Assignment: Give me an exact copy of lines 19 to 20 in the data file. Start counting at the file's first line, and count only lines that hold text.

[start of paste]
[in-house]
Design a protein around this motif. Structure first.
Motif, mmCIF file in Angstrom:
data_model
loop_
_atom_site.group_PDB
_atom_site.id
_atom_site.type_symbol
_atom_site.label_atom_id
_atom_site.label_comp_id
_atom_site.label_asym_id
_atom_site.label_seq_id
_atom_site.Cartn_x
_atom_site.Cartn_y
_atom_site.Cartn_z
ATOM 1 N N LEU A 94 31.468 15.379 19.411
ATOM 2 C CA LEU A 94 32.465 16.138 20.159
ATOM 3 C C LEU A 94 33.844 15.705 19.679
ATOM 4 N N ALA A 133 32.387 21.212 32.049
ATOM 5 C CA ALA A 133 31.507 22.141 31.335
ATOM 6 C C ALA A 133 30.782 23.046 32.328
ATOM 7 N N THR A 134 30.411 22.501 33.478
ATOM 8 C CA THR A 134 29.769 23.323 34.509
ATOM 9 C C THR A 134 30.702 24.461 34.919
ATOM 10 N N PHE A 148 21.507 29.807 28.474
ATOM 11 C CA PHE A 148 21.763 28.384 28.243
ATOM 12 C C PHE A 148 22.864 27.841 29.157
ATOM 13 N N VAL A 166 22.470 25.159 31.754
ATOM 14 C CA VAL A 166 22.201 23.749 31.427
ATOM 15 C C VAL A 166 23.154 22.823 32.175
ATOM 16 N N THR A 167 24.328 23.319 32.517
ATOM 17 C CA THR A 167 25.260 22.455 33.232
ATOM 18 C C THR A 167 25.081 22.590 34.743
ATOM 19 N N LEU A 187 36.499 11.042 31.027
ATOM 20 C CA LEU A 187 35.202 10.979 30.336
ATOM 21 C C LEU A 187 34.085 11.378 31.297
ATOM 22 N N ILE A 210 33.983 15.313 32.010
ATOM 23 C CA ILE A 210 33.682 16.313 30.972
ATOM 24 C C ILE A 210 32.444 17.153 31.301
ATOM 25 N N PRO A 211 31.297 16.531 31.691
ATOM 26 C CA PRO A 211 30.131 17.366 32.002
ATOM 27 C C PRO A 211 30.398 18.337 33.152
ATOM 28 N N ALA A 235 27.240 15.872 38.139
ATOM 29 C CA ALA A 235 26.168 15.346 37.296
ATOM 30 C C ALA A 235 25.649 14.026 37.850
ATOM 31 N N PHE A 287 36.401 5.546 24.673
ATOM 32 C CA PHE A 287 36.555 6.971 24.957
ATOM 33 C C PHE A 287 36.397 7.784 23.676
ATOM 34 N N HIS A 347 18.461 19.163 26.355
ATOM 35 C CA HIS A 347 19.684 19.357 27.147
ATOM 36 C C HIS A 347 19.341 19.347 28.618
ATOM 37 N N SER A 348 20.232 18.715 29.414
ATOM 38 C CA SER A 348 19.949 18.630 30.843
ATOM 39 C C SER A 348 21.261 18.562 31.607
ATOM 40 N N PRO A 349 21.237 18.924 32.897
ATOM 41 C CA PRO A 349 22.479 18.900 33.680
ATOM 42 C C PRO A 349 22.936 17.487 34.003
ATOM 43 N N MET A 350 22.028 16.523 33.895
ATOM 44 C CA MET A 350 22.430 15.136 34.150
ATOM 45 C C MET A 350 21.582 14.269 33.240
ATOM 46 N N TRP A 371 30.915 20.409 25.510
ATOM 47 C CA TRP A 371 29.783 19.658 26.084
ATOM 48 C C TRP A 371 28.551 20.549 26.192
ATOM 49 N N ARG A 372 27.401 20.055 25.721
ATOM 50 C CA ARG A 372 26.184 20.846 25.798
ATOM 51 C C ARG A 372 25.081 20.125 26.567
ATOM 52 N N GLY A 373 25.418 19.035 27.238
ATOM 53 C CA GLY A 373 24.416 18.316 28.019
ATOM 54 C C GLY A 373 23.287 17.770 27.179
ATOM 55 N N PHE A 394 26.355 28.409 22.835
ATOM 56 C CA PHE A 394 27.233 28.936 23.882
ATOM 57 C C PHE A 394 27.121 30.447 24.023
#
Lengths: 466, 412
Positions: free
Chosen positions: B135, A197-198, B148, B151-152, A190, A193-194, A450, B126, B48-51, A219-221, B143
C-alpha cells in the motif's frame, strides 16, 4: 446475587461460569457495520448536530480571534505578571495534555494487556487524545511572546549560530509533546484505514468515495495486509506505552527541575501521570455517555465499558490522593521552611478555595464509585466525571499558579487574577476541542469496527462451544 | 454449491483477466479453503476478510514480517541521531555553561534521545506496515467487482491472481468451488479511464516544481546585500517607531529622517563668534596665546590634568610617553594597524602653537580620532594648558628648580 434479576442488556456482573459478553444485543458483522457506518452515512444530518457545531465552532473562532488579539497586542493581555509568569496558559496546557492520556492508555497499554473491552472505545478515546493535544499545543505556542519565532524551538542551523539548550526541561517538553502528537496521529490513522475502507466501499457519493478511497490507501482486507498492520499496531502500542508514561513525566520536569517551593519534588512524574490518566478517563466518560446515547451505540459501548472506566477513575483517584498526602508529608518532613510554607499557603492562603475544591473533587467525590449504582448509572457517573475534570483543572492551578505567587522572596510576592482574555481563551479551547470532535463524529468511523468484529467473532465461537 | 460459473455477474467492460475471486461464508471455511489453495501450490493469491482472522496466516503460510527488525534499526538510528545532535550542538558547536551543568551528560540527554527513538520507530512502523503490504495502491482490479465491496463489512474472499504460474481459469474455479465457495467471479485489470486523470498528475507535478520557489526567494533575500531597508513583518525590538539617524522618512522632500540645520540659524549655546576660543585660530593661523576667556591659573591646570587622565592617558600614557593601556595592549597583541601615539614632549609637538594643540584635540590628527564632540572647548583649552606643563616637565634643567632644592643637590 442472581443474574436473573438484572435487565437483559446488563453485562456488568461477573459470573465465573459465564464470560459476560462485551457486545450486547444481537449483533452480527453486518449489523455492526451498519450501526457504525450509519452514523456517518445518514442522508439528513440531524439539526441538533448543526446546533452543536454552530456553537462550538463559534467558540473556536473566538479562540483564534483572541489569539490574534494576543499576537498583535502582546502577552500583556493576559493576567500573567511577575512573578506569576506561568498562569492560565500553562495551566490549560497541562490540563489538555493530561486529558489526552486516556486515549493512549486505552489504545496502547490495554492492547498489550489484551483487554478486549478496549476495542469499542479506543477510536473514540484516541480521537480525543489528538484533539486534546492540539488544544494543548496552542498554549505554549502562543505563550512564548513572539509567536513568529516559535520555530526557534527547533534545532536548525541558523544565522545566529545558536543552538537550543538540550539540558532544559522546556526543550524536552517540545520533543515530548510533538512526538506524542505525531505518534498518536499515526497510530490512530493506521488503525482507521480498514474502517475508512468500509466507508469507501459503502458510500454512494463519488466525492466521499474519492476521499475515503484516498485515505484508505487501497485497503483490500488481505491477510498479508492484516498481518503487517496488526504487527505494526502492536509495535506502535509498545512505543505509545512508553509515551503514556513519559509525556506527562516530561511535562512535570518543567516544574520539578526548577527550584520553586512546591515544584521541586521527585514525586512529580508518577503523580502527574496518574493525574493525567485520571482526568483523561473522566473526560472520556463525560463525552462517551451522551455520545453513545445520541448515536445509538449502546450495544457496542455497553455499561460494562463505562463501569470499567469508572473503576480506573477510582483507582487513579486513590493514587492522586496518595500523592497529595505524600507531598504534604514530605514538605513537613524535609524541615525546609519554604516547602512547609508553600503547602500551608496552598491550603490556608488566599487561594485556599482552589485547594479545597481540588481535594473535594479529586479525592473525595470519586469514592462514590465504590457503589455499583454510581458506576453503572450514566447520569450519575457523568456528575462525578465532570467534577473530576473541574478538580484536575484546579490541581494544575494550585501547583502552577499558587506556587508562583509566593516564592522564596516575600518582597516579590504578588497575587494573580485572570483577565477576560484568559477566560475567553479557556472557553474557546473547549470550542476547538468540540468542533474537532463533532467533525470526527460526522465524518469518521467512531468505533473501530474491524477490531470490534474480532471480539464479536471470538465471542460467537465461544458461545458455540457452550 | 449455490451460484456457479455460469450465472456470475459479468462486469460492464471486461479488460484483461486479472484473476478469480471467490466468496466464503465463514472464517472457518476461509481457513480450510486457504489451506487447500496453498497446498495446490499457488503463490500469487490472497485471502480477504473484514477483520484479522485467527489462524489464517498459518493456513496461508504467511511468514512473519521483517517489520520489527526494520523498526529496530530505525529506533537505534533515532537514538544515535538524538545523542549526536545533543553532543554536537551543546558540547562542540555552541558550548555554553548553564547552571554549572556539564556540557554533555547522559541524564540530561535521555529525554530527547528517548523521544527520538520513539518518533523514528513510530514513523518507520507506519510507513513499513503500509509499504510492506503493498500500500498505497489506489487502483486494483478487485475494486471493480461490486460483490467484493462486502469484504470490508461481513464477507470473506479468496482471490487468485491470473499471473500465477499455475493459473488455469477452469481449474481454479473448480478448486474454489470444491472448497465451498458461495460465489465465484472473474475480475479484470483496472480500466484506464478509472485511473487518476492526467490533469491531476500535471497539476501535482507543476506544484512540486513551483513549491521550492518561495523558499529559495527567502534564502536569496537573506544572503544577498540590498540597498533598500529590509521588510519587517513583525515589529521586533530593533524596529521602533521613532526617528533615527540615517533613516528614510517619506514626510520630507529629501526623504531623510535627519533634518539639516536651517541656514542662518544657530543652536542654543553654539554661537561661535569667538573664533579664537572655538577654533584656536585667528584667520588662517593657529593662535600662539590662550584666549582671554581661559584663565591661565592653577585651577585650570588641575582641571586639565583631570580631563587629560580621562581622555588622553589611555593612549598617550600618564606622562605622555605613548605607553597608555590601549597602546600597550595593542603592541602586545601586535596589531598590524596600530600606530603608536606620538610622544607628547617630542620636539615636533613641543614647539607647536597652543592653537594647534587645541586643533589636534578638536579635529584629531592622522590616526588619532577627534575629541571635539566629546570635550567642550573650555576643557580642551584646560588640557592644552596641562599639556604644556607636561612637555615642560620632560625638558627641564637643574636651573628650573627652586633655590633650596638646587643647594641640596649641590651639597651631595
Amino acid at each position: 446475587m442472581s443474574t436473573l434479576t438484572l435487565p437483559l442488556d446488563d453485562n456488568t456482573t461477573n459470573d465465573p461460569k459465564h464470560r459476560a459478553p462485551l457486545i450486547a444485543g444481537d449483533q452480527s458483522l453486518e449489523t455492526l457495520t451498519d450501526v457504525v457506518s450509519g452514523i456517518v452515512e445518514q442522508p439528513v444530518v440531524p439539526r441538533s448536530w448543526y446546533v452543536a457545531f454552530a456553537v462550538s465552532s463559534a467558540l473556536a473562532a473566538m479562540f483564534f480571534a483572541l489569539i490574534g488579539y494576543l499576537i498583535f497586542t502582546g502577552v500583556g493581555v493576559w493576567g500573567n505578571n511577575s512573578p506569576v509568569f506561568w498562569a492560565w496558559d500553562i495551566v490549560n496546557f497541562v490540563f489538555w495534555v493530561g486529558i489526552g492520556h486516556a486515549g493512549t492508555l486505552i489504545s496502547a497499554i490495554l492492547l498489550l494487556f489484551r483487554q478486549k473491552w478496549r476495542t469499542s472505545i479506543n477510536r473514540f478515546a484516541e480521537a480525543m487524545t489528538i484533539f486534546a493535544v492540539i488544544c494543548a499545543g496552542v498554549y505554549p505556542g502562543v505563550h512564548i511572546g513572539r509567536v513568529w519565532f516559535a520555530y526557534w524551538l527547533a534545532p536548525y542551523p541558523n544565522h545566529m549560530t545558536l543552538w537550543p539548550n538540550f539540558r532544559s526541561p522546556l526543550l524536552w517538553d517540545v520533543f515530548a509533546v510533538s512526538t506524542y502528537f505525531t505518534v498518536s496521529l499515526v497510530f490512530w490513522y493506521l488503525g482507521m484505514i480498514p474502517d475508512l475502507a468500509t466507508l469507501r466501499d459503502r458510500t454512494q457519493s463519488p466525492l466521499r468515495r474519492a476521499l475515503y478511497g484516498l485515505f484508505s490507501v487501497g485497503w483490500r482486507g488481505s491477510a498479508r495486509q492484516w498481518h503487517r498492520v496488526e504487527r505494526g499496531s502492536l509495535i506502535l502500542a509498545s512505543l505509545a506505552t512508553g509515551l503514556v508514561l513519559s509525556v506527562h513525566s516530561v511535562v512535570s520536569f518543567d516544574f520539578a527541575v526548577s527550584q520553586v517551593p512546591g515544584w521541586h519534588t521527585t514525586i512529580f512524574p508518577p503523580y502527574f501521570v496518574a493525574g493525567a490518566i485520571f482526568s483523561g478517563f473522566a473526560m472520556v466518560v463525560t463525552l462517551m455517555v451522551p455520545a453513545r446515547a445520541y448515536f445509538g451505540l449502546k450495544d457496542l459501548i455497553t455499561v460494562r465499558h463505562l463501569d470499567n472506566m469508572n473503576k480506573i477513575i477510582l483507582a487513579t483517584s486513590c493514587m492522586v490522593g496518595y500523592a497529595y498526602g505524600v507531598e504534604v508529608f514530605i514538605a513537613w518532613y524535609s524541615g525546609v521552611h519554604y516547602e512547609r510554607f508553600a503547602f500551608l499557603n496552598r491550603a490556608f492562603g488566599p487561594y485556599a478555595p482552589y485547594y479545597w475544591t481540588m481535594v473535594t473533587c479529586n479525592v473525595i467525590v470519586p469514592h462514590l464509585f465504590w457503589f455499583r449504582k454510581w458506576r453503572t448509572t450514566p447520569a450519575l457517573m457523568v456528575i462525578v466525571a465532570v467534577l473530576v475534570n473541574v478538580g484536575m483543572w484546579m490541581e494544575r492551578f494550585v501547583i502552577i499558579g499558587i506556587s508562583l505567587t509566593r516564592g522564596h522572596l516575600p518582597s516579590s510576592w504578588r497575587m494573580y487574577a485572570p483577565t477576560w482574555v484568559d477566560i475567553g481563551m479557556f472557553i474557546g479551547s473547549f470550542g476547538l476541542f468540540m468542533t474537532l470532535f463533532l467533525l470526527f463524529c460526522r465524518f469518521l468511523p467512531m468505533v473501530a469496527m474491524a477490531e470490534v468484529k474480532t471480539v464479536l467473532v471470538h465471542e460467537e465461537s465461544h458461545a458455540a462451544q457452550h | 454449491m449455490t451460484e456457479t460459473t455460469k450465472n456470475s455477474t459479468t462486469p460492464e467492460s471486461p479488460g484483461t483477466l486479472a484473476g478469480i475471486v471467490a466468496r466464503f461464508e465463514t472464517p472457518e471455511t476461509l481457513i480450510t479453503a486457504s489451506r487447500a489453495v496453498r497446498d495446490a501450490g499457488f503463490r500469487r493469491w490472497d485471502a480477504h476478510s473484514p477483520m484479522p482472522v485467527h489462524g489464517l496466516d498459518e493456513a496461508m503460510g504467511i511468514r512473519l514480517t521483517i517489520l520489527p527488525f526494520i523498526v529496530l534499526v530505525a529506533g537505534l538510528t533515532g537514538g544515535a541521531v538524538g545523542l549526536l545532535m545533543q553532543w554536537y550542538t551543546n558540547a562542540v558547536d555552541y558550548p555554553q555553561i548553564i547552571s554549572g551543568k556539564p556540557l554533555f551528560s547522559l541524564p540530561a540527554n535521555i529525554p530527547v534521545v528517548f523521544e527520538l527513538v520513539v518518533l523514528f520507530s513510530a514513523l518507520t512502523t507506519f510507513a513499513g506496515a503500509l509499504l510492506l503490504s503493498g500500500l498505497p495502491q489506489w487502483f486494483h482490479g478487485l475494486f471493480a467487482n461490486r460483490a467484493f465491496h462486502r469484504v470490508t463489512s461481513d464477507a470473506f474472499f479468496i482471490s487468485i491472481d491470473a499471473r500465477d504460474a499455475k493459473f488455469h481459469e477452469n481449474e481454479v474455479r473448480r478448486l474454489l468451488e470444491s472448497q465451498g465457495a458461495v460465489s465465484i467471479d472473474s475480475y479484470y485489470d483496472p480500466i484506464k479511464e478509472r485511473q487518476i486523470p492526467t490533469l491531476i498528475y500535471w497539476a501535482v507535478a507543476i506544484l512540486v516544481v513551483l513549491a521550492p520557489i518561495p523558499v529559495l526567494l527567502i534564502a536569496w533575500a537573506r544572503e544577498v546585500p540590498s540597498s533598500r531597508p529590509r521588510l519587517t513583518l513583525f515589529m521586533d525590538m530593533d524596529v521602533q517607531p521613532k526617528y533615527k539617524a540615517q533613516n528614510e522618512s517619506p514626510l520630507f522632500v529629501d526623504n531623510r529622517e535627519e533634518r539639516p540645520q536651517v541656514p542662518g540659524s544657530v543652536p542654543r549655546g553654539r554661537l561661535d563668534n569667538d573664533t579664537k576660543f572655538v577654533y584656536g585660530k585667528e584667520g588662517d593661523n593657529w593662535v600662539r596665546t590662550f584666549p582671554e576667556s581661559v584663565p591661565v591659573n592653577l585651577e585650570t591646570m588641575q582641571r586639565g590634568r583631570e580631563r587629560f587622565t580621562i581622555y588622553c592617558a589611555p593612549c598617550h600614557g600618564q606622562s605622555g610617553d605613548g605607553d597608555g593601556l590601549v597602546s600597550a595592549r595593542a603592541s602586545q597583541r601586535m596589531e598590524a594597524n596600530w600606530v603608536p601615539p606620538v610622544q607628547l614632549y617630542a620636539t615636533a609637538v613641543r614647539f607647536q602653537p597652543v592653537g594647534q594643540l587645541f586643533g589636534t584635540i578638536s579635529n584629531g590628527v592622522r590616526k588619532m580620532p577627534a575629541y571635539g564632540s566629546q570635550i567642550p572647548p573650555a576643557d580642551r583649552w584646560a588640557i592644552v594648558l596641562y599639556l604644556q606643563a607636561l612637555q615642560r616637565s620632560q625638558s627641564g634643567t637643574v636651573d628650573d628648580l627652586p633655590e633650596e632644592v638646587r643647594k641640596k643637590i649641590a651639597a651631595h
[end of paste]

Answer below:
ATOM 4 N N ALA A 133 32.387 21.212 32.049
ATOM 5 C CA ALA A 133 31.507 22.141 31.335